I am trying to figure out how to integrate Semantic UI with my gulp-based frontend toolchain.

The npm artifact semantic-ui includes an interactive installer that will write a semantic.json file to the root of my project and install the less files, gulp tasks and some configuration into my project. All of these files will be put in subdirectories of a single base directory specified in semantic.json.

I do not want any dependency implementation files or any generated files in the git repository for my project because this will pollute revision history and lead to unneccessary merge conflicts. I would very much prefer to provide semantic.json only and .gitignore the semantic base directory. On npm install, the Semantic installer should install everything to the base directory specified in semantic.json. When building, I want the artifacts generated into a separate dist directory that does not reside under the semantic base directory.

However, if I do this, the installer will fail with a message stating that it cannot find the directories to update and drop me into the interactive installer instead. This is not what I want, because it means my build is no longer non-interactive (which will cause the CI build to fail).

How can I integrate Semantic UI into my build without having to commit Semantic and its generated artifacts into my git repository?

  • If you haven't modified Semantic UI in any way (i.e. added themes or changes variables/overrides) and are just downloading it and building, why do you want to use its build system anyway? Why not just use the build from Bower? – fstanis Aug 8 '15 at 17:42
  • This is what I ended up doing, but there will be a need for theming in the future. So the question is still valid. – Jannik Jochem Aug 10 '15 at 7:32

This is what we did in our similar scenario. The following are true:

  • Everything Semantic UI generates is in .gitignore. Therefore, the only Semantic UI files we have in our repo are:
    • semantic.json
    • semantic/src folder (this is where our theme modifications actually are)
    • semantic/tasks folder (probably doesn't need to be on git, but since it's needed for building, everything is simpler if we keep it in our repo)
  • We never need to (re)run the Semantic UI installer, everything is integrated in our own gulpfile.js.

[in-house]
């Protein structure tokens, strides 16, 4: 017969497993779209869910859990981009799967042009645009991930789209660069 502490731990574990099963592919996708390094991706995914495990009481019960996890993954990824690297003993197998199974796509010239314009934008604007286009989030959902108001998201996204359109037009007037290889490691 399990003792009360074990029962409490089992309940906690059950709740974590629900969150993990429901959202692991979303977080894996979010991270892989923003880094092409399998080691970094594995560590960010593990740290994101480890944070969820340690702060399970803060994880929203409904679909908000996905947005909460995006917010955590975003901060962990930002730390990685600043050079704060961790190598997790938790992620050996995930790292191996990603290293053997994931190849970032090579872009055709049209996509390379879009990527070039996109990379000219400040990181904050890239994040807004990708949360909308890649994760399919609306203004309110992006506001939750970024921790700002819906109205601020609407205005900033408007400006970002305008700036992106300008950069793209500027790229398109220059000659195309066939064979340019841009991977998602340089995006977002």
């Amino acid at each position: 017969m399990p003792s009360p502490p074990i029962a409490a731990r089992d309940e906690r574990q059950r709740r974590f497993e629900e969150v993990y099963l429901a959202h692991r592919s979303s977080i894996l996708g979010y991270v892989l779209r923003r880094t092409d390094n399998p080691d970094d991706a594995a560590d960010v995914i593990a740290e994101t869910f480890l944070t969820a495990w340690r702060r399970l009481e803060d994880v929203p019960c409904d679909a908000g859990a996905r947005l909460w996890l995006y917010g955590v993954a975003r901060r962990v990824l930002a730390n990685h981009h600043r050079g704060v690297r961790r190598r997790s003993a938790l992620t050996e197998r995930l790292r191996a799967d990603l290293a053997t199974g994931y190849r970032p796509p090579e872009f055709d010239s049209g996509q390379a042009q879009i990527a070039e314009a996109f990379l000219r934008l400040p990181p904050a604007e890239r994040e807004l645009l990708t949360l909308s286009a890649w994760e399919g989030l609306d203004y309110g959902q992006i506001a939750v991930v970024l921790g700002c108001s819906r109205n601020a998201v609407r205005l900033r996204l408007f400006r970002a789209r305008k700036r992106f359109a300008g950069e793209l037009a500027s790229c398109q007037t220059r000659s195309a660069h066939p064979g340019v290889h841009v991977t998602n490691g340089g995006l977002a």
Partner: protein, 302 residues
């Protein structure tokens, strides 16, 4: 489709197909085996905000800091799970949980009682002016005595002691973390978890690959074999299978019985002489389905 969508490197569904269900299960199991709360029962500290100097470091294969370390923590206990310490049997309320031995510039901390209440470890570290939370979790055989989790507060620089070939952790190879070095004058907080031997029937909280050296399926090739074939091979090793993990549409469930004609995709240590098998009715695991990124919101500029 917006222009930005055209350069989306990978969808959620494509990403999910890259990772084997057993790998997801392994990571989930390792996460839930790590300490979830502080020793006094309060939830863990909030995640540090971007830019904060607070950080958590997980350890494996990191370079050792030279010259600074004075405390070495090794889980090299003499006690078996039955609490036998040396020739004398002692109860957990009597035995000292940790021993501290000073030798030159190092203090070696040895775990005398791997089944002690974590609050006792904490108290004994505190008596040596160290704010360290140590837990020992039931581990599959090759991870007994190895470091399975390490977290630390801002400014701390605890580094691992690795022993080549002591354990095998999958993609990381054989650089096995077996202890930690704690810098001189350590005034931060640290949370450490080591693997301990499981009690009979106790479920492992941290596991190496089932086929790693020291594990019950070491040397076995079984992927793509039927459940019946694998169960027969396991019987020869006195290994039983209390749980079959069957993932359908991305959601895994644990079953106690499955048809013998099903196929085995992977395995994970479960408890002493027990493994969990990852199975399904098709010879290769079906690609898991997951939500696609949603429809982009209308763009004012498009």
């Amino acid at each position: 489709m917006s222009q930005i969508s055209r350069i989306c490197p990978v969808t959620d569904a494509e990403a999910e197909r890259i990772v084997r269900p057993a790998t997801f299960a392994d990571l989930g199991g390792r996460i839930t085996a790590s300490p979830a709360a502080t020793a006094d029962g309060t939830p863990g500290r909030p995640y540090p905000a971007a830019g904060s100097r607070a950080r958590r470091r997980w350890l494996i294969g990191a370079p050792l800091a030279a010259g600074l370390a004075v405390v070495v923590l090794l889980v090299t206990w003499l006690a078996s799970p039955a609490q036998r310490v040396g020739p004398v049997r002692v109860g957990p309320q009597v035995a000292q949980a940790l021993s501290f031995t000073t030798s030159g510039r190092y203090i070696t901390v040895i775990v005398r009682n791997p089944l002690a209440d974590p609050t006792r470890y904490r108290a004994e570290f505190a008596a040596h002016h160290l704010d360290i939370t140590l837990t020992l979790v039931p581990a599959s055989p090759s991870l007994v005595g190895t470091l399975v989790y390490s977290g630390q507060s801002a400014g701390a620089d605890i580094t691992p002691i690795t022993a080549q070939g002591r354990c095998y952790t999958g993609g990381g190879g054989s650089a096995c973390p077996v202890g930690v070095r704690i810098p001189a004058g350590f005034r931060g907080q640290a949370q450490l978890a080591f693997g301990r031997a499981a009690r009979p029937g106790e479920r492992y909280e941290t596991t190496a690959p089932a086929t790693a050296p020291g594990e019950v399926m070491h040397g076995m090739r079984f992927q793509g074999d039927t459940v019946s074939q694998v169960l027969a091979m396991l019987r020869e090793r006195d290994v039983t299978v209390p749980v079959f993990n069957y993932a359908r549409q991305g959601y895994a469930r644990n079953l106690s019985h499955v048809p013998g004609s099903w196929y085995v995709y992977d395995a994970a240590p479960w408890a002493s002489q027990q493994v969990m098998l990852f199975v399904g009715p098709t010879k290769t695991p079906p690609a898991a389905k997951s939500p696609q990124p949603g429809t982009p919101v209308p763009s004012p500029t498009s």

• Semantic UI outputs in our assets folder which is not in the same folder as its sources.
  • Semantic UI is updated automatically using npm as per the rules in my package.json.

Here are the steps needed to achieve this:

  1. Install Semantic UI. By this I assume that you either used npm or cloned it from git (using npm is highly recommended), either way, you have semantic.json in your project's main folder and a semantic folder with gulpfile.js, src and tasks.

  2. Make sure Semantic UI can be built. Navigate to semantic/ and run gulp build. This should create a dist folder in your semantic/ directory. Delete it and also delete Semantic UI's gulpfile.js since you'll no longer need it.

  3. Edit semantic.json. You need to edit two lines:

    1. Change "packaged": "dist/", to the path where you'd like to output semantic.css and semantic.js relative to Semantic UI's folder. In our case, it was "packaged": "../../assets/semantic/",
    2. Change "themes": "dist/themes/" in the same way, since the themes/ folder contains fonts and images Semantic UI uses so it needs to be in the same folder as semantic.css. In our case, it was "themes": "../../assets/semantic/dist/themes/".
  4. Edit your gulpfile.js so that it uses Semantic UI's build task. Add var semanticBuild = require('./semantic/tasks/build'); (if semantic/ is in the same folder as your gulpfile.js) and then simply register a task that depends on it, for example gulp.task('semantic', semanticBuild);.

  5. Optionally, create a clean task. We used del for that.

    gulp.task('clean:semantic', function(cb) {
        del(['assets/semantic'], cb);
  • Looks promising, thanks! However, are you certain that tasks that depend on your semantic task only get started after your semantic task completes? Because the gulp scripts for semantic use gulp.start(), which means gulp has no way of knowing when the build has completed. – Jannik Jochem Aug 20 '15 at 13:29
  • I'm not - we keep semantic as a separate task because it takes a long time to build and we therefore only do it when we need to. You could perhaps use gulp-chug to achieve what you want and actually invoke Semantic UI's gulpfile.js, but I'm not certain about this. – fstanis Aug 20 '15 at 13:46

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